34 Weeks Pregnant - hapinapistore

34 Weeks Pregnant

34 Weeks Pregnant: Your Baby’s Development

At 34 weeks pregnant, your baby is getting bigger, and there’s less room in your womb for those cartwheels! As a result, you may notice that his movements feel different — possibly a little less forceful now — but you’ll still sense his wiggles and stretches. Around this time, your baby may also be dropping deeper into your pelvis as he gets ready to make his grand entrance. As early as this week, or maybe in the weeks following, if you have an ultrasound or checkup with your healthcare provider, you may learn that your baby has moved into a head-down position in preparation for birth. Wondering what color eyes your baby will have when he’s born? Eye color depends on the amount of the pigment melanin that’s present. Babies born with little or no pigment will have blue eyes, but that color may change over the first year or two. If your little one has darker eyes at birth, the color is less likely to change. You can read more about when do baby’s eyes change color here. Speaking of birth, your due date is fast approaching, and you’ll want to get a head start on those final preparations. Take this quiz to find out how close you are to being ready for your baby’s arrival. If you’re expecting a boy, his testicles are likely to have dropped into the scrotum by now. Sometimes, one or both of the testicles don’t descend before birth. If this is the case for your little one, the testicles are likely to drop by the time your baby is 6 months old.

The Size of the Fetus at 34 Weeks Pregnant

At 34 weeks, the average fetus is about the size of a cantaloupe. He may measure nearly 12 inches long, crown to rump, and weigh more than 4 1/2 pounds. Check out the illustration below for a rough idea of what your little one might look like and how your baby may be positioned at 34 weeks.




Mom’s Body at 34 Weeks Pregnant

Wondering how many months pregnant you are at 34 weeks? As pregnancy doesn’t fit neatly into full months, you could be around seven or eight months pregnant. In the coming weeks, it’s a good idea to watch out for the signs of preterm labor. Preterm labor is when labor starts before 38 weeks of pregnancy. Preterm labor and preterm birth are of concern because babies born too early may not be developed enough and are at high risk of having serious health problems. Some of the signs of preterm labor include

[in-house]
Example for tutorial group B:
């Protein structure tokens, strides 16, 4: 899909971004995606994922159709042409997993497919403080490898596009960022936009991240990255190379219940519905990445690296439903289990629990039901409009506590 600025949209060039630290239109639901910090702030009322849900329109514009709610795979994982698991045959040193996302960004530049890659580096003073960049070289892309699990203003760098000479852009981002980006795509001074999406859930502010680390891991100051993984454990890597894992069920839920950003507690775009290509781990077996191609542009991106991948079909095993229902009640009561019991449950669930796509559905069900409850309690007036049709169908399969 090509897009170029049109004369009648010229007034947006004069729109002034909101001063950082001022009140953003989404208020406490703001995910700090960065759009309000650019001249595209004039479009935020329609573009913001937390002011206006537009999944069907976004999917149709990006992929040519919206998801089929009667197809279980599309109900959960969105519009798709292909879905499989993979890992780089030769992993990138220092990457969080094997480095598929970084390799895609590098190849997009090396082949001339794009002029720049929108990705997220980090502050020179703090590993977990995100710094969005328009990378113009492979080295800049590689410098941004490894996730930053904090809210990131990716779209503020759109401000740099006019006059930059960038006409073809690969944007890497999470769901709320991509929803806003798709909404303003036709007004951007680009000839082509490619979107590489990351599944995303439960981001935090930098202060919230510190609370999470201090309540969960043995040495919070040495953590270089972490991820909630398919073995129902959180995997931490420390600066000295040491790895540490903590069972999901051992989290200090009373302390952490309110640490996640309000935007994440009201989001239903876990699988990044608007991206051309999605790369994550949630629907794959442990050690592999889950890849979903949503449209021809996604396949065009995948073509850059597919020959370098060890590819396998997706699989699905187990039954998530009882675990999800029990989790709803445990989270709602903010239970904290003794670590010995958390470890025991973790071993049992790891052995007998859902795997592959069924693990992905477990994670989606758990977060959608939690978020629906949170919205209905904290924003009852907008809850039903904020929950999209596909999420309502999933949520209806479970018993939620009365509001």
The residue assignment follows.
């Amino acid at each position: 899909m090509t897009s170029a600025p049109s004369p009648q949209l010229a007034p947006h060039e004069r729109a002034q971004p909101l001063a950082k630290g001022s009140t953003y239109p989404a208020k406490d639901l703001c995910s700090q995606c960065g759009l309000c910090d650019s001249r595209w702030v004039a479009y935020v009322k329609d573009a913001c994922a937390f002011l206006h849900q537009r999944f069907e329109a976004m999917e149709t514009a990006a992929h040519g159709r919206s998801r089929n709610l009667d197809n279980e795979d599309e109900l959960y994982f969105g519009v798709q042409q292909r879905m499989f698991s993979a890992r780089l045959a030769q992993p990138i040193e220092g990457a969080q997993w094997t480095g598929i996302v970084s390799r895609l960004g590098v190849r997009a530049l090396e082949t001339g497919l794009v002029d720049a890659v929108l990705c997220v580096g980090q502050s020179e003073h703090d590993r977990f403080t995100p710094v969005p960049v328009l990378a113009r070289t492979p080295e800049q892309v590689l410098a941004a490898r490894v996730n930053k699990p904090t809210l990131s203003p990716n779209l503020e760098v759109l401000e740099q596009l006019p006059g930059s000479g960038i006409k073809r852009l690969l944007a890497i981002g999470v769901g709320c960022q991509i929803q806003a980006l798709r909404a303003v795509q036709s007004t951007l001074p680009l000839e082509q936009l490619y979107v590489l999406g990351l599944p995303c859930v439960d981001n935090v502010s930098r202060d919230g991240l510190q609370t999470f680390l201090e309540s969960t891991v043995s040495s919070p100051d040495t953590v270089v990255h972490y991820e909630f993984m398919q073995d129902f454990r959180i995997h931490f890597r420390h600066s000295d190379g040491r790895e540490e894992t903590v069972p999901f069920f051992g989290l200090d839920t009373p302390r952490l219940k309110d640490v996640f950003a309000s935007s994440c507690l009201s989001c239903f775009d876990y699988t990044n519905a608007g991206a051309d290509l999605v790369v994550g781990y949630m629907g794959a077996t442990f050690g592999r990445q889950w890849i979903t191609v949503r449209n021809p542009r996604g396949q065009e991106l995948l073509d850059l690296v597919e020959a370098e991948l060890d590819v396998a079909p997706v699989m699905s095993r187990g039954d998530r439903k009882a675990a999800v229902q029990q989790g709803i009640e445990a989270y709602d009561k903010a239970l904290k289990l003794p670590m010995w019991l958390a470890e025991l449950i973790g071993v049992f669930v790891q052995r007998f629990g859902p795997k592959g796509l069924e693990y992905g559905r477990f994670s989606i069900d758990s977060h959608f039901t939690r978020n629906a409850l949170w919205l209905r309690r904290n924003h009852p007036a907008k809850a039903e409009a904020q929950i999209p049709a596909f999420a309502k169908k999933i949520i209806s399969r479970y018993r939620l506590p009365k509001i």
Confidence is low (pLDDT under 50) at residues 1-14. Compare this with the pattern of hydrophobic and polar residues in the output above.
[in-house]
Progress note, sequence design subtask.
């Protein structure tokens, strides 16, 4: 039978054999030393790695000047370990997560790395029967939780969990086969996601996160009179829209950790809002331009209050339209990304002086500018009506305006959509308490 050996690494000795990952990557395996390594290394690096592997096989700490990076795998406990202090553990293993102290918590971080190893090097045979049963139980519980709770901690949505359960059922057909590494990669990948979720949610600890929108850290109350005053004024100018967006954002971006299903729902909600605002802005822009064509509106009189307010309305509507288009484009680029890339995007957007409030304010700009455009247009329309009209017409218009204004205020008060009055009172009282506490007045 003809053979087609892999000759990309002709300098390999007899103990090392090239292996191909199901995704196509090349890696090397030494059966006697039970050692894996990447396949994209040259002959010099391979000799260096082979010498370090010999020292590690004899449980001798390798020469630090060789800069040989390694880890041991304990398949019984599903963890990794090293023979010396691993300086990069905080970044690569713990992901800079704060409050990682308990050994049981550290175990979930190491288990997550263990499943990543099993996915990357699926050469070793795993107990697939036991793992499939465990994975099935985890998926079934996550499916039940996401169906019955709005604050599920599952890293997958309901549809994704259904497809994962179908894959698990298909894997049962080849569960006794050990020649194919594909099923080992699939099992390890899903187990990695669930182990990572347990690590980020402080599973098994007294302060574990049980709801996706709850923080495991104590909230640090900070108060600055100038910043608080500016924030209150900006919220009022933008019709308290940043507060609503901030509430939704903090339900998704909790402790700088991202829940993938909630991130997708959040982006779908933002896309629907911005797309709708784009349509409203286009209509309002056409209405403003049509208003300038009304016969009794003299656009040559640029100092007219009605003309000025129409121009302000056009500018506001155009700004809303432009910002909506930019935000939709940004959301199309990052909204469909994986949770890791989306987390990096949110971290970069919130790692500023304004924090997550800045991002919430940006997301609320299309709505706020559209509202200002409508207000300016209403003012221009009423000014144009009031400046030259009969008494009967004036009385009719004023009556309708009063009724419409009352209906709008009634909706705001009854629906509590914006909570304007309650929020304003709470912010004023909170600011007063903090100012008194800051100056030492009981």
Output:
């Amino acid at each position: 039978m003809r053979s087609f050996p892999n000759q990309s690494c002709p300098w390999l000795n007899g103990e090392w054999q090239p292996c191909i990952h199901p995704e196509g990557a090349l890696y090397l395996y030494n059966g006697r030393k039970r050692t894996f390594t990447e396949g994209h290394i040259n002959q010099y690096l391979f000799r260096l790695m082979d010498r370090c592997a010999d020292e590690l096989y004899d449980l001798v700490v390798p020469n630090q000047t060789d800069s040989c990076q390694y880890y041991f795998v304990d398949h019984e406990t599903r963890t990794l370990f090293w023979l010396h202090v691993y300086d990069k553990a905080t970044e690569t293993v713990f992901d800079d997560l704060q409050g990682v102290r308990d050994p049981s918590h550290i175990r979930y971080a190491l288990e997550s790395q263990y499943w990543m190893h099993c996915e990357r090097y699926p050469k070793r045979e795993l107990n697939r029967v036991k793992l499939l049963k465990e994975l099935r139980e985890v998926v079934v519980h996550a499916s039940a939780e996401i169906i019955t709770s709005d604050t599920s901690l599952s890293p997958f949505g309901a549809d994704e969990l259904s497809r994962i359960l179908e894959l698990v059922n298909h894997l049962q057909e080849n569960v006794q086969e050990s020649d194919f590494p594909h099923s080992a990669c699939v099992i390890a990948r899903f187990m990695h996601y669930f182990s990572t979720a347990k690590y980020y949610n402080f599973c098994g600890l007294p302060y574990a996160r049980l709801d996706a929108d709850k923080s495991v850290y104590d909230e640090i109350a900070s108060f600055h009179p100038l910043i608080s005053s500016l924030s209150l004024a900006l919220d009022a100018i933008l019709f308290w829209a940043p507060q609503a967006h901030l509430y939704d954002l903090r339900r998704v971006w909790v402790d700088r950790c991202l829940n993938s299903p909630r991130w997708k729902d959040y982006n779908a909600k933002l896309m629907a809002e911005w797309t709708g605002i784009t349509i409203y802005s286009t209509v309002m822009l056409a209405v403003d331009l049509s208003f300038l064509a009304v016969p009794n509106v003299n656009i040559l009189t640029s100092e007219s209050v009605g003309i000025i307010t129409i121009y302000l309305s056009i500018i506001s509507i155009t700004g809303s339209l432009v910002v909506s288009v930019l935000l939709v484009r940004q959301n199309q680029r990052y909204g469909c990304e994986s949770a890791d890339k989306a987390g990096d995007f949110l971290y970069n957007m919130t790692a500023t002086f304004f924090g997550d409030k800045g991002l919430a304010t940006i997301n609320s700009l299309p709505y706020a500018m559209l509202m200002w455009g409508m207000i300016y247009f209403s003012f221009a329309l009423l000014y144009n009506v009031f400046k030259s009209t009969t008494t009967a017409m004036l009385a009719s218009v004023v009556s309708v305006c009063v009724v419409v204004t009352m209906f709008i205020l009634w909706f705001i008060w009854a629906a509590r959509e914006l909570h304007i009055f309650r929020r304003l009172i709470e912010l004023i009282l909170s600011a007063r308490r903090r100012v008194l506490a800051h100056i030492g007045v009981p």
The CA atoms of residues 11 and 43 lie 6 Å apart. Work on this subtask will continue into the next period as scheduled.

• mild abdominal cramps with or without diarrhea

  • increased vaginal discharge

  • change in vaginal discharge — watery, bloody, or with more mucus

  • constant dull backache in the lower back

  • regular or frequent contractions

  • your water breaking, which could be a large flow or just a slow stream.

If you’re 34 weeks pregnant with twins, it’s especially important to watch for these signs. When you’re expecting twins or multiples, you have about a 50 percent greater chance of going into early labor than if you’re having just one baby. Don’t hesitate to contact your healthcare provider if you have any questions or concerns, and learn more about your babies in our twin pregnancy week-by-week guide.

34 Weeks Pregnant: Your Symptoms

At 34 weeks pregnant, here are some of the symptoms you may be experiencing:

  • Braxton Hicks contractions. As you near your due date, Braxton Hicks contractions — also known as prelabor or practice contractions — are more likely to get stronger and occur more often. It’s most likely nothing to worry about if these cramping sensations come at irregular intervals and subside when you change positions, but if you suspect that you are having preterm labor contractions, contact your healthcare provider right away. Although your provider is the best person to assess your symptoms, take the time to learn more about the difference between Braxton Hicks contractions and true labor contractions as it might help put your mind at ease.

  • Enlarged breasts. Your breasts are probably becoming even fuller as you roll into the last few weeks of the third trimester. This could cause some discomfort as the skin stretches and becomes itchy. By this time, you’re no stranger to the bit of relief a good moisturizing lotion can provide, but don’t forget that a properly fitting bra can also help. Many specialty underwear shops and department stores have bra fitting specialists who can help you find a bra that fits correctly and gives you maximum support. You may also have to adjust the strap length or use a bra clasp extender as the weeks progress as well as in the first few months of motherhood. Learn even more about breast changes during pregnancy.

  • Pelvic pain. At 34 weeks, as your baby drops lower into your pelvis in preparation for birth, you might experience some pelvic pain, lower-back discomfort, or pressure on your bladder. On the bright side, because your baby has dropped, you may feel less pressure on your diaphragm and lungs, making it easier to breathe. To help relieve any pelvic pain, try to stay off your feet when you feel most uncomfortable. A soak in a warm bath may also give you some relief. If these ideas don’t work, speak to your healthcare provider for further advice on what to do.

  • Swollen ankles and feet. It’s not uncommon for women to have swelling in their ankles and feet at this stage of pregnancy. One way to help relieve the swelling is to reduce standing time as much as you can. Plus, when you’re sitting down, you can prop up your legs on a pillow. For those times when you’re feeling discomfort from the swelling and you can’t sit, wearing supportive shoes might help.